I think it's not unusual for people to think as they get older "if only I knew then what I know now". But strangely over time we often forget lessons learned, and perhaps listening to younger selves might not be bad thing.
    The past is a foreign country; they do things differently there.

  15. #15
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    Caveat that stuff is certainly challenging to communicate to others let alone honestly grapple with yourself. Also, Matt is much fitter and a better skier than I am.

    However, I found a pretty big disconnect between one of his main takeaways in the podcast and how he was skiing this spring. Namely that stacking big consequential days back to back to back leads to becoming complacent. He went on a pretty wild eastern sierra bender this spring ticking off several of the areas biggest and most technical lines in very short succession. many of them with potential consequences comparable to his intended line on maroon bells.

  16. #16
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    Quote Originally Posted by fomofo View Post
    Most of us aren't. But then most of us aren't as bad as we (sometimes) think we are either. ;-)

    My take is, yea, sure, in the grand scheme of things the dude's on the youngish/green side, but he's enthusiastic and pushing himself, and that's how people learn and get better. Very few alight on the mountain top riding a bolt of lightning freshly launched from the head of Zeus. Gotta start somewhere.

    I didn't take the podcast as him preaching, rather sharing his (metaphorical, thankfully) post-mortem of what he did wrong. And his newfound awareness of how tunnel vision, complacency and seeking of external validation crept into his decision making process. Nothing wrong with some self-examination. Now how all that has informed his actions since I don't know.

    I think it's not unusual for people to think as they get older "if only I knew then what I know now". But strangely over time we often forget lessons learned, and perhaps listening to younger selves might not be bad thing.
    I disagree with all of this.

  17. #17
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    Quote Originally Posted by SirVicSmasher View Post
    Target fixation

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    This.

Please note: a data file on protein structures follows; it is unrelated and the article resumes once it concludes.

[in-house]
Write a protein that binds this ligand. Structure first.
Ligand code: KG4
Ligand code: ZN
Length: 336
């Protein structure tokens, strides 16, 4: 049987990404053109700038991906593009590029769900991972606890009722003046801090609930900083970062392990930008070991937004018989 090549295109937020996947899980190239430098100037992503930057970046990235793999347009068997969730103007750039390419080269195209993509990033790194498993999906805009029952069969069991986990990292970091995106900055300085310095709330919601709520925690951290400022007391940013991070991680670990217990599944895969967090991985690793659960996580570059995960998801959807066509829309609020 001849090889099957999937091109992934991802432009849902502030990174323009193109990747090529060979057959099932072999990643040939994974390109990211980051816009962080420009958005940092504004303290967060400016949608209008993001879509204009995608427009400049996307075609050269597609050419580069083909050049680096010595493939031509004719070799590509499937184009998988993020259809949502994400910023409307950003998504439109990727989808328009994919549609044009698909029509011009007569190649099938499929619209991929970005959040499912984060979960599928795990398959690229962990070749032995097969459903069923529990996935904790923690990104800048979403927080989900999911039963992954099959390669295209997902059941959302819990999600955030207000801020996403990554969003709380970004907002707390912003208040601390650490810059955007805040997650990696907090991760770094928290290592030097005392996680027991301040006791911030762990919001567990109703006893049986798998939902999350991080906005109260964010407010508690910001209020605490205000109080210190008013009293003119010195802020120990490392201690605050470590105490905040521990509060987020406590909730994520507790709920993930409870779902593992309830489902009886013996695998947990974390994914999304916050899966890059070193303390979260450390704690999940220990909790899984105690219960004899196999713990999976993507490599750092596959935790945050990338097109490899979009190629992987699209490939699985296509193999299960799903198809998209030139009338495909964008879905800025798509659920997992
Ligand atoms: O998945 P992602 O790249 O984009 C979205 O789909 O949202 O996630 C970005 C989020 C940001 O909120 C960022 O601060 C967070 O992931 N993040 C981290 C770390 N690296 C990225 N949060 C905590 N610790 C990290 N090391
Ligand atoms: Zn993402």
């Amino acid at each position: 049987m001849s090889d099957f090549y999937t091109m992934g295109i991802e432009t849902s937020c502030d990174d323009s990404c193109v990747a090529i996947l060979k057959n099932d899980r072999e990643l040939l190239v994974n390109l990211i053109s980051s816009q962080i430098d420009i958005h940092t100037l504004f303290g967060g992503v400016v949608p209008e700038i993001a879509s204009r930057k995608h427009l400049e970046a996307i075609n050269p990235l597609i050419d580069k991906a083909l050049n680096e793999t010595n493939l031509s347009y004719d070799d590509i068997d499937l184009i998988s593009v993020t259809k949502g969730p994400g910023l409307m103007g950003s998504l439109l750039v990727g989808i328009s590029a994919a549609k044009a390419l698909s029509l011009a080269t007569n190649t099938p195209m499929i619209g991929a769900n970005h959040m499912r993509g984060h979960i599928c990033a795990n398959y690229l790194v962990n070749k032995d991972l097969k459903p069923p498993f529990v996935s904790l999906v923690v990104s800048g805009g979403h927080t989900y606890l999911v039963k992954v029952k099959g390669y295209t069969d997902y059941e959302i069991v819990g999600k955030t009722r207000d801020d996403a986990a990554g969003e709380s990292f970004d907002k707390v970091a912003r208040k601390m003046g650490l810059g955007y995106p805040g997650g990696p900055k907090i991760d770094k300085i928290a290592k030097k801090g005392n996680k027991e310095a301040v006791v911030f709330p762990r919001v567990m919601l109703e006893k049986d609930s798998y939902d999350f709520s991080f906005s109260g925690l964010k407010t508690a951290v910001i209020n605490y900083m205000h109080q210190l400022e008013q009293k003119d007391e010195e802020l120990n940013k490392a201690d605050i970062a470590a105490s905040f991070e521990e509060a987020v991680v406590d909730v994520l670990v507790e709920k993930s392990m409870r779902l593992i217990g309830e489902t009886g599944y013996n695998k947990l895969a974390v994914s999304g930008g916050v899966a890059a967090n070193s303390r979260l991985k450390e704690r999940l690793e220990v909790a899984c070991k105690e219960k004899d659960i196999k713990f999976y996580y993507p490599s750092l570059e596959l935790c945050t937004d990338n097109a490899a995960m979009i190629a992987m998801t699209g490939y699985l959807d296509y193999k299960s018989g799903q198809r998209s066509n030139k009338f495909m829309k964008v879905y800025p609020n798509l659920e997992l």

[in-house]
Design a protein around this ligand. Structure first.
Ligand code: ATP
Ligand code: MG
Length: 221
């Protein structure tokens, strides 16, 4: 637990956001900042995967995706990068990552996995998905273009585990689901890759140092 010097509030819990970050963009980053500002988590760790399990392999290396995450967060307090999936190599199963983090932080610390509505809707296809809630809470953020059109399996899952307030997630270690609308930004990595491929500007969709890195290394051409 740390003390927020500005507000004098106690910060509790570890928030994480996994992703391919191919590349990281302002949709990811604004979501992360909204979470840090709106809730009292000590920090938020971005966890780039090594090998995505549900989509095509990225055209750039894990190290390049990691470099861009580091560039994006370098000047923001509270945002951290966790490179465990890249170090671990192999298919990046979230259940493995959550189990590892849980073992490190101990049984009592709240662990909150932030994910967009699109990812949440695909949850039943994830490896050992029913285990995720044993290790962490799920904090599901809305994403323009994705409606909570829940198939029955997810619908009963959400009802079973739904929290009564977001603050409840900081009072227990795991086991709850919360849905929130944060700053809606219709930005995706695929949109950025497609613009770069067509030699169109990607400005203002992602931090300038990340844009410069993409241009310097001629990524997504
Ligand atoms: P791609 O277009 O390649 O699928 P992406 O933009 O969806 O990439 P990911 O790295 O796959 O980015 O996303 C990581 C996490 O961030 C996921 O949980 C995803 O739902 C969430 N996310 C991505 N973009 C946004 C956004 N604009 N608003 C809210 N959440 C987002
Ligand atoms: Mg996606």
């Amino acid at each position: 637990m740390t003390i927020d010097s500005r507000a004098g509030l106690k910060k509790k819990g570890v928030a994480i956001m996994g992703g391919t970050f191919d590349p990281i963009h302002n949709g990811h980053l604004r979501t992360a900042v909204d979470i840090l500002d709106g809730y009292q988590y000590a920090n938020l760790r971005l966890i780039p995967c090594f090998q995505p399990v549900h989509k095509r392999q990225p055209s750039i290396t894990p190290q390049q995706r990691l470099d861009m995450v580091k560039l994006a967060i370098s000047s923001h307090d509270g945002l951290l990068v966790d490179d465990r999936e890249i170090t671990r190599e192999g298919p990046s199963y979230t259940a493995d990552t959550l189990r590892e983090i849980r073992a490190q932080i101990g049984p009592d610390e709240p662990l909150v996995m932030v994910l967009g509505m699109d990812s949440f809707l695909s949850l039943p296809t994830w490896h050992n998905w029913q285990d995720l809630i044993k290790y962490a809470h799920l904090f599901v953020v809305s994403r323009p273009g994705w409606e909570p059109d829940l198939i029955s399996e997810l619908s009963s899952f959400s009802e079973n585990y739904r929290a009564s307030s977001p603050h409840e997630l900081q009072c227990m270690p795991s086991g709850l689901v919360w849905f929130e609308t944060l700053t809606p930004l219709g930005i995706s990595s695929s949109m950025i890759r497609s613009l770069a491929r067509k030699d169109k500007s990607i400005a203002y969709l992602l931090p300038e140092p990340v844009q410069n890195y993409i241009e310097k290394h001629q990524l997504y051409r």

18. #18
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    Quote Originally Posted by yeahman View Post
    Lesson I see is if he'd just waited one more beat before attempting his turn, his ski would not have hung up on the rock and he would not have fallen over backwards. Need to plan not only for turn initiation, but also completion.

    I do remember seeing this but didn't mind seeing it again. His screams are haunting.
    Wouldn't have happened if he just hadn't of completed the turn.

    I hope his friends call him Mr Toad now, because that was indeed a wild ride. The screams are chilling.
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  19. #19
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    Quote Originally Posted by raisingarizona13 View Post
    Like 98% of twenty something year olds.
    And like most 70 year olds.

    It's pretty remarkable that after tumbling he wound up going straight, on his back, feet first--and that braking with his heels didn't make him tumble again. The two ways you get hurt are ragdolling and hitting something. He avoided both.

  20. #20
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    I remember listening to this podcast but it was long enough ago maybe I should re-listen.

    In an attempt to start a constructive conversation here, I probably would have skied this, at least the top firm part, with toes locked. Would it have helped him to self-arrest sooner? Would it have blown out both of his knees? I would have a whippet too, but not sure it would be an effective tool for self-arrest in terrain this steep.

  21. #21
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    Quote Originally Posted by snowaddict91 View Post
    In an attempt to start a constructive conversation here, I probably would have skied this, at least the top firm part, with toes locked. Would it have helped him to self-arrest sooner? Would it have blown out both of his knees? I would have a whippet too, but not sure it would be an effective tool for self-arrest in terrain this steep.
    This.
    There is a reason that mountaineer's ice axes are in hand when in this kind of terrain.
    Kinda hard to self arrest without one whether clipped into skis or not...
    Time spent skiing cannot be deducted from one's life.

  22. #22
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    Quote Originally Posted by telefreewasatch View Post
    This.
    There is a reason that mountaineer's ice axes are in hand when in this kind of terrain.
    Kinda hard to self arrest without one whether clipped into skis or not...
    Almost said that as well. I don't ski stuff this steep and firm too often, but probably would have a real axe out. Definitely a whippet at minimum.

    Hell, one of the scariest falls of my life was in 35 degree refrozen shit that I thought had softened. Kicked a shoe and took a wild ride. Pretty sure my dog thought I was dead. This was on a freaking road cut in the Uintas. Just out for some casual summer turns.

  23. #23
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    Quote Originally Posted by snowaddict91 View Post
    Almost said that as well. I don't ski stuff this steep and firm too often, but probably would have a real axe out. Definitely a whippet at minimum.

    Hell, one of the scariest falls of my life was in 35 degree refrozen shit that I thought had softened. Kicked a shoe and took a wild ride. Pretty sure my dog thought I was dead. This was on a freaking road cut in the Uintas. Just out for some casual summer turns.
    That's why we don't go switch to the road in icy conditions.

  24. #24
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    He was also soloing that?! (Even though there was another party at the top). Man, I would never have the ballz.

  25. #25
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    If he had been carrying a Glock 9, he could have just unloaded a clip on that rock and blasted it into smithereens and avoided the fall completely